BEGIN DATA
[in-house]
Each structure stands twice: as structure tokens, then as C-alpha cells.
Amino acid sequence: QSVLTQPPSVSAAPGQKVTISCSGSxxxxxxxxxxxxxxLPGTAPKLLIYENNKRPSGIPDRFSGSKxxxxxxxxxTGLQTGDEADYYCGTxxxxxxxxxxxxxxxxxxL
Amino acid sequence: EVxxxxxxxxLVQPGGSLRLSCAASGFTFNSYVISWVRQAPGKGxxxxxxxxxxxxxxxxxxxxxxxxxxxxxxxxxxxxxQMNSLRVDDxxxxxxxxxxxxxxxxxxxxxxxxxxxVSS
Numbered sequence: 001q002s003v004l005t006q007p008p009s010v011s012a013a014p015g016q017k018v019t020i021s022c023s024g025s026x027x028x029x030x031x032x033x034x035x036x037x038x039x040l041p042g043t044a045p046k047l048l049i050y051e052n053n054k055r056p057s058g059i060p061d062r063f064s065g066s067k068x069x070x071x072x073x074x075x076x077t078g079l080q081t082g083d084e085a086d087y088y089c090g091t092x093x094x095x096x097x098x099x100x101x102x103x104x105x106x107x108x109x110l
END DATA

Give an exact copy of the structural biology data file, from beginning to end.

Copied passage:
[in-house]
Each structure stands twice: as structure tokens, then as C-alpha cells.
Amino acid sequence: QSVLTQPPSVSAAPGQKVTISCSGSxxxxxxxxxxxxxxLPGTAPKLLIYENNKRPSGIPDRFSGSKxxxxxxxxxTGLQTGDEADYYCGTxxxxxxxxxxxxxxxxxxL
Amino acid sequence: EVxxxxxxxxLVQPGGSLRLSCAASGFTFNSYVISWVRQAPGKGxxxxxxxxxxxxxxxxxxxxxxxxxxxxxxxxxxxxxQMNSLRVDDxxxxxxxxxxxxxxxxxxxxxxxxxxxVSS
Numbered sequence: 001q002s003v004l005t006q007p008p009s010v011s012a013a014p015g016q017k018v019t020i021s022c023s024g025s026x027x028x029x030x031x032x033x034x035x036x037x038x039x040l041p042g043t044a045p046k047l048l049i050y051e052n053n054k055r056p057s058g059i060p061d062r063f064s065g066s067k068x069x070x071x072x073x074x075x076x077t078g079l080q081t082g083d084e085a086d087y088y089c090g091t092x093x094x095x096x097x098x099x100x101x102x103x104x105x106x107x108x109x110l